My head loves rally, it pushes me. It might be somewhat similar to flying a helicopter. Moving the rudders, cyclic, collective and power all at the same time, is like, driving full tilt through a corner, keeping the car just on the road while going as fast as possible and listening to a co driver who has just read you all the notes for the next 200m of the road you have not yet driven and while you continue, so does the constant onslaught of co-drivers notes. It is a mental puzzle and one you cannot over think! You bizarrely need to relax. I don’t find it possible to intently listen to every note, which is why a co-driver needs to stress the “critical” calls. Instead, your head files away the data almost without you realising and it, hopefully, comes out in the right order. If the co-driver calls a left 4 and the road looks as though it goes to the right, you will find that you turn left as a driver. We drive what we hear, not what we see. It can take a while, but when it clicks, you can feel it!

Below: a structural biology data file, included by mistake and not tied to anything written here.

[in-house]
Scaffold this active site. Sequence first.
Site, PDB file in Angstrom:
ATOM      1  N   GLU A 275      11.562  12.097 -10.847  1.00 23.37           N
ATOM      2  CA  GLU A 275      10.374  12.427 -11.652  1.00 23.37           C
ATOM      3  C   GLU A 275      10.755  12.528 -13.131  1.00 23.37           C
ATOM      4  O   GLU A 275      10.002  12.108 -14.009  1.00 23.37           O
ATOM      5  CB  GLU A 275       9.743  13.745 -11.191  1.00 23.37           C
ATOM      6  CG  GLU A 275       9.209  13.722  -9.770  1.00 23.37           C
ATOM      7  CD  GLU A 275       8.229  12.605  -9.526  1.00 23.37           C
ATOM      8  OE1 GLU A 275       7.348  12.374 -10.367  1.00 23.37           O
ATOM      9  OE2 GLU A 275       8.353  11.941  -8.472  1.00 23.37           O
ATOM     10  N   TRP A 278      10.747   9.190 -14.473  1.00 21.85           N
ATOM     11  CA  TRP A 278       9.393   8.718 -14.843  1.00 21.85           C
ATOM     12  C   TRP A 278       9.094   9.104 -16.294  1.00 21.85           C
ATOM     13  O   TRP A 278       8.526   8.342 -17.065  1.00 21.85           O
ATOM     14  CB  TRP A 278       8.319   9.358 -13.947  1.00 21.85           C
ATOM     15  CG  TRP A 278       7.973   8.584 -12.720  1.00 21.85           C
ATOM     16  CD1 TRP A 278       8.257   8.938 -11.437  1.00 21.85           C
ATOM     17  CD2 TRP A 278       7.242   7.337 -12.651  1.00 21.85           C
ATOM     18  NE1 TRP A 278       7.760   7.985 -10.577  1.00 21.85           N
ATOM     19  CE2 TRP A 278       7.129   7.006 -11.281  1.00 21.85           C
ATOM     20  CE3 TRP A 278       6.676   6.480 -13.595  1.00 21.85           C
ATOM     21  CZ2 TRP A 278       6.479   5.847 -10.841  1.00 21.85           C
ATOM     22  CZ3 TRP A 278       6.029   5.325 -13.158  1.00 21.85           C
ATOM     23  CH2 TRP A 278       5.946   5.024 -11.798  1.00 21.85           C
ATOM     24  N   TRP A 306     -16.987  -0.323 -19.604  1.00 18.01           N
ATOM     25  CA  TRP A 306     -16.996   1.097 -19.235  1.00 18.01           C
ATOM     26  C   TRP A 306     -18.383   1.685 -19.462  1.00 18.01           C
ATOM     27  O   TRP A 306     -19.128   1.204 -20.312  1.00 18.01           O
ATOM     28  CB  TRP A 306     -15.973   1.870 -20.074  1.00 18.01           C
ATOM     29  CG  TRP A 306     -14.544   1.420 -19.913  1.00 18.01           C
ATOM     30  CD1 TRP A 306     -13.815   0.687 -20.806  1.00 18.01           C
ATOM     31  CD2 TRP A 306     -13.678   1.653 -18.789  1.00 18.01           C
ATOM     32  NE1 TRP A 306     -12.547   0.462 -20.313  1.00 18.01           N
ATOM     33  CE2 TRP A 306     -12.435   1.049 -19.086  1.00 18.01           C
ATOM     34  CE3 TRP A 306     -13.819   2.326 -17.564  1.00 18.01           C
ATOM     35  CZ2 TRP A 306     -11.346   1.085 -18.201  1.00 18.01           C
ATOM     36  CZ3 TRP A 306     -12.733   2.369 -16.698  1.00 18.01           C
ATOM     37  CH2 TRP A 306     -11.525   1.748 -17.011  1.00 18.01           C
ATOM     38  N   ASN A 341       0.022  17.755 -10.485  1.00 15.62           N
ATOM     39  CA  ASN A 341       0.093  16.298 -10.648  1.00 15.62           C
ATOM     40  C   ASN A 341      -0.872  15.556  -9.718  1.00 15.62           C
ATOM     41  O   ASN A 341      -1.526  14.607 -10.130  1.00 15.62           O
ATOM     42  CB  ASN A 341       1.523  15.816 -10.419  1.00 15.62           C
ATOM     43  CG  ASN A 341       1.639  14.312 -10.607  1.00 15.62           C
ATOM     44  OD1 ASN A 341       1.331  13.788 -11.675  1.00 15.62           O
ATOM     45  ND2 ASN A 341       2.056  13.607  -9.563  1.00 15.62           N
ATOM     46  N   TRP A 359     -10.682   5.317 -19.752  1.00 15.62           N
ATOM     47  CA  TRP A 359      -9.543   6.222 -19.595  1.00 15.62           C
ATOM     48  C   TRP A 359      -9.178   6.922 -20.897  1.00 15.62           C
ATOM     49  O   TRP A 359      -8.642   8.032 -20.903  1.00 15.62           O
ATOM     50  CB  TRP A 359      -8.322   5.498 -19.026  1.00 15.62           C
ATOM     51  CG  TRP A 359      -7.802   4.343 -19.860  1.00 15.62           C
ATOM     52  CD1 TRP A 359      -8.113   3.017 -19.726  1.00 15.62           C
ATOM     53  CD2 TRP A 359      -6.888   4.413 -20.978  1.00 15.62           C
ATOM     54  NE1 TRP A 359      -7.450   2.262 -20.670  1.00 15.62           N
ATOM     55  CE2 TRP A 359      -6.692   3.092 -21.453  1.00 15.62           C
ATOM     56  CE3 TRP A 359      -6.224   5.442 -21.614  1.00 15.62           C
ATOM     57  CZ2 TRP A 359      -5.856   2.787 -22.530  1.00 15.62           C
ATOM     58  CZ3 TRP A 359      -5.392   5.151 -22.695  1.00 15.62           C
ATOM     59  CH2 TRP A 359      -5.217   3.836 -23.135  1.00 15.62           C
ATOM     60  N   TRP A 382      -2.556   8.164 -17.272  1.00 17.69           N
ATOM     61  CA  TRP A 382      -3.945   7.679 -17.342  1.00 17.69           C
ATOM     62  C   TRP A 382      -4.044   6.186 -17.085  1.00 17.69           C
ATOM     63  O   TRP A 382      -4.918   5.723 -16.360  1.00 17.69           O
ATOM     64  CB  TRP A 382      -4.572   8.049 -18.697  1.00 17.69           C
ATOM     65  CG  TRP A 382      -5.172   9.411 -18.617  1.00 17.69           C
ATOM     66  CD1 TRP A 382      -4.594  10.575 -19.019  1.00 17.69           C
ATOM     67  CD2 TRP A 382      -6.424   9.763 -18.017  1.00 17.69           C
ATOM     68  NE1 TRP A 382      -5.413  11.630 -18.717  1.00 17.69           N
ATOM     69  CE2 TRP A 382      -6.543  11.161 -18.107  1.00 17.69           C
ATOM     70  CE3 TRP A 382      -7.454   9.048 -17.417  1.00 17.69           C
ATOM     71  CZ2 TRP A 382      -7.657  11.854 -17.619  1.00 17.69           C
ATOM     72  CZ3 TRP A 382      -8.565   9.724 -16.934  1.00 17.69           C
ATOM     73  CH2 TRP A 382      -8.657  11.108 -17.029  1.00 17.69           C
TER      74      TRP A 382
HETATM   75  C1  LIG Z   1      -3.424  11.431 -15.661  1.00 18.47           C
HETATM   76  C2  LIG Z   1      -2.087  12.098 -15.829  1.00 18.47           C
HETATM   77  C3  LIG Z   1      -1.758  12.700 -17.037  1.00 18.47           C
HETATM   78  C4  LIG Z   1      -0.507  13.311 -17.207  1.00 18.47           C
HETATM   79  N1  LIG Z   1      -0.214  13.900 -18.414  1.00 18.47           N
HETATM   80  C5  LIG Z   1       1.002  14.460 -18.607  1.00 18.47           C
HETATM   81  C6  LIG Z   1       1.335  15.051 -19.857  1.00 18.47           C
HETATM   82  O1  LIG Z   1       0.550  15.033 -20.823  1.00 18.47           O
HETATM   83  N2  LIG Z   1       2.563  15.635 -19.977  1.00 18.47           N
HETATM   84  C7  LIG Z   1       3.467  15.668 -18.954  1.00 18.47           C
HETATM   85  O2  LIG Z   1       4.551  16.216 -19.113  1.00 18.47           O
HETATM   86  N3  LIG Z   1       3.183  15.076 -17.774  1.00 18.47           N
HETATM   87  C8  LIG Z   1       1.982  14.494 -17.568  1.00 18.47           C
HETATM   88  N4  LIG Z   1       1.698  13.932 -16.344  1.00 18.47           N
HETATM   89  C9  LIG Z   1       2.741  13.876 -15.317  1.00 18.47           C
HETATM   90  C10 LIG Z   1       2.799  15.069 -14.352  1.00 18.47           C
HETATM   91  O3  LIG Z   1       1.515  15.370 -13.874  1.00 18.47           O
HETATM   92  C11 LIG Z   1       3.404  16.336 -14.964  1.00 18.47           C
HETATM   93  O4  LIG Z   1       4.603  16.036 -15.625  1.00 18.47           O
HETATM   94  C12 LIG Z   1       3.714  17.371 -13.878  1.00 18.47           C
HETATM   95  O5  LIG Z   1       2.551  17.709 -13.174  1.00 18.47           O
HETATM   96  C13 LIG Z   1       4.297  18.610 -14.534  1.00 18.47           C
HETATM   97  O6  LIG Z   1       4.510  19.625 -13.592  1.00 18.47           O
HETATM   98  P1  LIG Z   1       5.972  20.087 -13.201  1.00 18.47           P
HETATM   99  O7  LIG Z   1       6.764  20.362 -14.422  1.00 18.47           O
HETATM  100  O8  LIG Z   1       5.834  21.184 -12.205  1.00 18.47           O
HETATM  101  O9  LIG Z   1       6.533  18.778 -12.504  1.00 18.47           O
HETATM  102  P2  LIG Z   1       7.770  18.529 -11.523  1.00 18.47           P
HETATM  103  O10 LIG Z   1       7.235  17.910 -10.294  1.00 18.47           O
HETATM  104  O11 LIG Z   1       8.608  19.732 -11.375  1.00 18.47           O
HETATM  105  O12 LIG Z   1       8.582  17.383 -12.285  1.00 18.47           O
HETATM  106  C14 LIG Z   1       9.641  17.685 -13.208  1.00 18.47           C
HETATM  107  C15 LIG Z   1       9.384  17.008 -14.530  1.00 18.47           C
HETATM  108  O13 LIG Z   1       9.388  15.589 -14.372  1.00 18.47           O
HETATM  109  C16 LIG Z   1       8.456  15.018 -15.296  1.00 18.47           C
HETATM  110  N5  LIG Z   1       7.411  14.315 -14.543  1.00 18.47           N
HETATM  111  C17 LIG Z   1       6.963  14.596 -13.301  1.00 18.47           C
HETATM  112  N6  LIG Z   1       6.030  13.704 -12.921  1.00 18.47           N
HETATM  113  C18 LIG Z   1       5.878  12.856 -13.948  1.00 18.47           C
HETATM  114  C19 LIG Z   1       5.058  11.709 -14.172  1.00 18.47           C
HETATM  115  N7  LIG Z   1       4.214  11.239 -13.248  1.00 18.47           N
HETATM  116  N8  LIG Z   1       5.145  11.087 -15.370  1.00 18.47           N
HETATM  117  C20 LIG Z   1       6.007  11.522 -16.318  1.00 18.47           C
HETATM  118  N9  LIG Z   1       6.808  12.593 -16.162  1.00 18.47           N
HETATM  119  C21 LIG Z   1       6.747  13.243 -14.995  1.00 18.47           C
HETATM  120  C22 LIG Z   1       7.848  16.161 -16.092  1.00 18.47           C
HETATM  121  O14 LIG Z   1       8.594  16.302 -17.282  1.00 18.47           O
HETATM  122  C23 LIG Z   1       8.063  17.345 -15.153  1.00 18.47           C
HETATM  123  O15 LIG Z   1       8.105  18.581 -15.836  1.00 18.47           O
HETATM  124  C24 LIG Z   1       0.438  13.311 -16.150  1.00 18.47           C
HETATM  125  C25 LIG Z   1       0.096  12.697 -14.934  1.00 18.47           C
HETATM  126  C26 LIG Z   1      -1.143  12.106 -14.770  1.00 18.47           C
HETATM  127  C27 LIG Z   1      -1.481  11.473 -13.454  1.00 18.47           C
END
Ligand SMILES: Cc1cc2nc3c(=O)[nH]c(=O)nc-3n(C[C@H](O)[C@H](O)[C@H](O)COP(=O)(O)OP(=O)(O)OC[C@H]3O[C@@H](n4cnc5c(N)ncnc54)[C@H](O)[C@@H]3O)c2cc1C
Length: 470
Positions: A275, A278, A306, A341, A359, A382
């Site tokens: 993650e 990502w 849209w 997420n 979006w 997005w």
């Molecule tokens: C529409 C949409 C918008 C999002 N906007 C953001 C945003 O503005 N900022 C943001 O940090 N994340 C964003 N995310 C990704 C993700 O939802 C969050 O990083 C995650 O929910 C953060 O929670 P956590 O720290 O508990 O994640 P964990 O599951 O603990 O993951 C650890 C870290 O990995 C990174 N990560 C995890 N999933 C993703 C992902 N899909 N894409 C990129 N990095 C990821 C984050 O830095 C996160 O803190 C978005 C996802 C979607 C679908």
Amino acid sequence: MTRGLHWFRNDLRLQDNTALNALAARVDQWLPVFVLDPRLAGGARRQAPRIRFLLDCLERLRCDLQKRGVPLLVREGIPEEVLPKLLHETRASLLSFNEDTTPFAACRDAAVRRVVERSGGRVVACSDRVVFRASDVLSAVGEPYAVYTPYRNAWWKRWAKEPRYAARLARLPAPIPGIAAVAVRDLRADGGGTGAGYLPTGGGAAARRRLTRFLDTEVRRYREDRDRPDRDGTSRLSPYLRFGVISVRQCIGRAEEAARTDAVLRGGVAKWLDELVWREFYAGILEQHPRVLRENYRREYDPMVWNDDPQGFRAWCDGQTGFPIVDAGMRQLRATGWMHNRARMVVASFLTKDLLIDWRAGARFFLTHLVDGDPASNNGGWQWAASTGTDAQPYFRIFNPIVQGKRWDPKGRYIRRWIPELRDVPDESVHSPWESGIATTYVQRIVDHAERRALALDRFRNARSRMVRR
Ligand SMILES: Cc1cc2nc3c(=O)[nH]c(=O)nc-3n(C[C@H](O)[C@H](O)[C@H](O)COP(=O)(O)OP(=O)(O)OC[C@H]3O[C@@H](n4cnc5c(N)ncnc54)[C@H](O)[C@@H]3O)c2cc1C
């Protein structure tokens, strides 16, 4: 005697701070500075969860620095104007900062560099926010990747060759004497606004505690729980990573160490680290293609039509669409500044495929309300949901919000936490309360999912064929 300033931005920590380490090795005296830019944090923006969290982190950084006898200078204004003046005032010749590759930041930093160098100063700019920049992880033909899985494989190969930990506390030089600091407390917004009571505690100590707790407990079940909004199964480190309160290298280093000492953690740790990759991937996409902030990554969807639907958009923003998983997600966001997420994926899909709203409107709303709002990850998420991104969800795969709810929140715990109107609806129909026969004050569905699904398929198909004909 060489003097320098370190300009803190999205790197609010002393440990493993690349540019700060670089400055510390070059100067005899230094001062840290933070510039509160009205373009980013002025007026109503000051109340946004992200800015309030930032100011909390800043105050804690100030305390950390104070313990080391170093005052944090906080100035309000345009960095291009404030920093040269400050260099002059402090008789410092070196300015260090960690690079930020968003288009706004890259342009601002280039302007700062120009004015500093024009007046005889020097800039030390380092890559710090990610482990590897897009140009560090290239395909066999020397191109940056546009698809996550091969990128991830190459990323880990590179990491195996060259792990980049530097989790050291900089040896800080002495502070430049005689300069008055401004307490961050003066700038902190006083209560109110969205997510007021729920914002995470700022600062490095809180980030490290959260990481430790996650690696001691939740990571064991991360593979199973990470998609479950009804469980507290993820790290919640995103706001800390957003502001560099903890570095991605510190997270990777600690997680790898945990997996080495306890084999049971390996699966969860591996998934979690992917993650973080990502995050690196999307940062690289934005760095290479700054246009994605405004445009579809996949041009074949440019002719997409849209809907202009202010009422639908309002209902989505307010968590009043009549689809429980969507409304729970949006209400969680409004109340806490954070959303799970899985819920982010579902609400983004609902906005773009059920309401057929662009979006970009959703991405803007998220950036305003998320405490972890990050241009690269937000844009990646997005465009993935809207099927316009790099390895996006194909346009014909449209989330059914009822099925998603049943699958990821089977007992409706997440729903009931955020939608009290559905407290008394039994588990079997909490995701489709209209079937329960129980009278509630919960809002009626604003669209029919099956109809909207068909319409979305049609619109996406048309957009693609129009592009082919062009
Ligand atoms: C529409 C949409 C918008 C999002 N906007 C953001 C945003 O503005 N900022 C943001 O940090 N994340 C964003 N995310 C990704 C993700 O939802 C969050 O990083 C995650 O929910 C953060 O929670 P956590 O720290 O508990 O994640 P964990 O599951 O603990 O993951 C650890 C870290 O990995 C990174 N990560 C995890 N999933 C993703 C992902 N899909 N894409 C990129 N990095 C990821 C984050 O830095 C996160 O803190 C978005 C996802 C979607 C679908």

The new Evo IV

After a sharp right hander, an open hairpin, we drift into an uphill left open hairpin and what faces us is a fast uphill straight section… time to let the car breathe! As we travel over the crown of the last crest, I suddenly realise there is an obstacle in our way. That is when I remember another note… this one from the organisers of the event… watch out for cows, there is a range lease in the area!

Cows are a rally drivers worst nightmare. They feel somehow superior to a rally car, so whenever you see them at a closing speed of 200kph, they simply stare you down and they are very immovable!

In this instance, we were probably running at around 150kph and the cows were about 100m ahead. Time to stamp on the brakes. That is when a co-driver knows something has gone wrong, we are no longer driving to the notes.

The car ground to a final stop with my front bumper tickling the cows leg, and she just stood there and stared us down through the windshield with some slimy slobber dripping on my hood. Out of all corners of her mouth came half chewed pieces of the local wild grasses which she mundanely continued to chew as she stared us down and steadfastly refused to move. I am not sure if she was anxious or stoned on wild mushrooms. Her actions would indicate the latter. A quick honk on the horn pulled her out of a weird trippy space that cows appear live in, in the face of obvious adversity and she walked into the bush and left us to thankfully continue on our way again.